Research Projects | Overview
In contrast to MHC proteins, CD1 molecules present lipid antigens to T lymphocytes. We study the role of CD1a on Langerhans cells in skin inflammation, using mouse models of contact dermatitis and psoriasis as well as patient samples. Notably, the treatment with CD1a blocking antibodies is able to abrogate inflammation of the skin. Therefore, we currently develop new CD1a-based drugs for future therapy of inflammatory skin diseases.
Moreover, we explore the function of CD1 molecules in other organs beyond the skin, including the lung, brain, and gut. Accordingly, current experiments investigate the role of CD1c in inflammatory bowel disease. Taken together, we consider CD1-mediated immune responses as a general principle of inflammation.
The distribution of membrane lipids affects protein function, such as recruitment and signal transduction. We are interested in the active regulation of the lipid microenvironment and how this influences T cell activation. Studying lipid scramblase, a protein that transports anionic phospholipids across membranes, we show that lack of scrambling induces severe T cell exhaustion. This leads to failure to control virus burden in models of chronic viral infection.
In follow-up work, we try to target scramblase activity to break T cell exhaustion. We aim at translating scramblase modulation to settings of chronic viral infection as well as cancer in order to establish a new form of immunotherapy.
The lab has a long-standing interest in organ-specific immune responses, such as the Immunology of the liver. Abundant among liver lymphocytes are Natural Killer T (NKT) cells that recognize CD1d molecules and behave in an innate-like fashion, producing large amounts of different cytokines upon activation. This quick response pattern endows NKT cells with regulatory properties. In addition to their epigenetic landscape, we elucidate novel enzymatic pathways that generate the endogenous lipid antigens required for thymic selection and peripheral activation of NKT cells. These new enzyme candidates also allow us to study their metabolic impact on NKT cell-mediated protection against cancer and infection.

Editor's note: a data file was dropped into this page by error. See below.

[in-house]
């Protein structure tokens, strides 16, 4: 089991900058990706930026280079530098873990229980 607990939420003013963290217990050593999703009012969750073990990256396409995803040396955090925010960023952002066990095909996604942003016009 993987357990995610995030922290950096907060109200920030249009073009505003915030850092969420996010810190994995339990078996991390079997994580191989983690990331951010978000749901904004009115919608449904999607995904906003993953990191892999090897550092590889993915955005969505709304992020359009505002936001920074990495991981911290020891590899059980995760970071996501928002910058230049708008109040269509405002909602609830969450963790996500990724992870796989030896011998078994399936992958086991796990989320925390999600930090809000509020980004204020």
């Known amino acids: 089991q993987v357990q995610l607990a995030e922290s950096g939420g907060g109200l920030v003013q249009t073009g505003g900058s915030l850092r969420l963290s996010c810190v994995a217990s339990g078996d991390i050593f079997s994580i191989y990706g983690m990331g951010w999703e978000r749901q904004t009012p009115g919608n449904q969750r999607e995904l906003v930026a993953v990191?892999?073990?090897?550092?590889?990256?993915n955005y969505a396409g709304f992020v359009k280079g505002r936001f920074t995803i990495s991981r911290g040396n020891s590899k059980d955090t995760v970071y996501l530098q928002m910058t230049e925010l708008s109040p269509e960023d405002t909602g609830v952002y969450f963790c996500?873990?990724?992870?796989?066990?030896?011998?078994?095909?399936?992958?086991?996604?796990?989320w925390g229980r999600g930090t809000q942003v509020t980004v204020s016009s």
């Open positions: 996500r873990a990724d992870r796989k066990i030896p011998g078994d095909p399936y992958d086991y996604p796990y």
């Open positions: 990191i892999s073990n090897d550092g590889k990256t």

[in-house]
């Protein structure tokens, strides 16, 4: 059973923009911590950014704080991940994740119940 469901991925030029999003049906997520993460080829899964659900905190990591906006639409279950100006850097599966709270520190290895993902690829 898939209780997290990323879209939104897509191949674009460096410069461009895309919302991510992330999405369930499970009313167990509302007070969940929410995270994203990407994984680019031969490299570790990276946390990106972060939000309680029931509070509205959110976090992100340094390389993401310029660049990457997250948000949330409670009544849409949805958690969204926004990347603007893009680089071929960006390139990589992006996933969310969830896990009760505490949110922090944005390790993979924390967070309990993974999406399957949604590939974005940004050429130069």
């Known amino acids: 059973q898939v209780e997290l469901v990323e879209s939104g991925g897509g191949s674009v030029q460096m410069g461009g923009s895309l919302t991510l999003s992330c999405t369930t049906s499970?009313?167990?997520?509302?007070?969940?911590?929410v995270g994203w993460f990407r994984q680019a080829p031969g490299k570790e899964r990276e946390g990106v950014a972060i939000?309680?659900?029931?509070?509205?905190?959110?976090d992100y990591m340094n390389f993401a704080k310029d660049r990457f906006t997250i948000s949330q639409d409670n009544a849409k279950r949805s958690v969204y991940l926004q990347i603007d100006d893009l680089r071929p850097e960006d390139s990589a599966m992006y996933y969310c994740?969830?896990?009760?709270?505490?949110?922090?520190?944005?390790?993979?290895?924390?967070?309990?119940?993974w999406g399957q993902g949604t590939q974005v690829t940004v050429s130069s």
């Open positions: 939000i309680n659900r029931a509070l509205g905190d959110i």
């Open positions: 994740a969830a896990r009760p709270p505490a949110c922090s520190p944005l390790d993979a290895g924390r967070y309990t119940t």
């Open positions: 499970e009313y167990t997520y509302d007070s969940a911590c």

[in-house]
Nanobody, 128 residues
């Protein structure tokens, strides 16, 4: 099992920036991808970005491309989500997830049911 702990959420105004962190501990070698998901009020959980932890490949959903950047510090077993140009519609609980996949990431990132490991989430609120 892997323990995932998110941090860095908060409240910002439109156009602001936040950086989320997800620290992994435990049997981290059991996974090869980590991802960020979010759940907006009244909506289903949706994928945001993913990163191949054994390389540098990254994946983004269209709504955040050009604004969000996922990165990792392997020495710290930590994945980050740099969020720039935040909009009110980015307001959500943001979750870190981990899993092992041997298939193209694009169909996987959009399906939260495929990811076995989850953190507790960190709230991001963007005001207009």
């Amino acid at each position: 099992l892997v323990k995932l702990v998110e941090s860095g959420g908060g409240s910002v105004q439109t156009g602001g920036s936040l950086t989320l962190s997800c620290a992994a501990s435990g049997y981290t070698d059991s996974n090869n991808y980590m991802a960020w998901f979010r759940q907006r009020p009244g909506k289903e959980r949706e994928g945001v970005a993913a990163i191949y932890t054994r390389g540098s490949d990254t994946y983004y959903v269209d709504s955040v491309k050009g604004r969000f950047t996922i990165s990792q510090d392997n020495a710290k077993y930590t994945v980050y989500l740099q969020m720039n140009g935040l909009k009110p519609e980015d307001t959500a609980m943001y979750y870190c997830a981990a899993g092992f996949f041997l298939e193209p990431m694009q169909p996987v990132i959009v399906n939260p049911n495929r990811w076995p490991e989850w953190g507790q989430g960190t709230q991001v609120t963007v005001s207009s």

Another liver-intrinsic cell type is the hepatic stellate cell that has important functions in storage of vitamin A and the generation of liver fibrosis. We develop new genetic mouse models to specifically modulate stellate cell functions in vivo. Using these targeting strategies, we aim to test the impact of stellate cells on i) the migratory properties of lymphoid cells to home to the gut and the thymus, ii) regulatory T cells (Treg) and oral tolerance, and iii) immunological memory of the liver.
Other recent studies in the lab
- The role of natural lipid adjuvants promoting B cell responses against influenza virus infection.
- Modulation of glycosylation pathways of antigen processing molecules in the tumor microenvironment.
- The exploration of the HIV reservoir.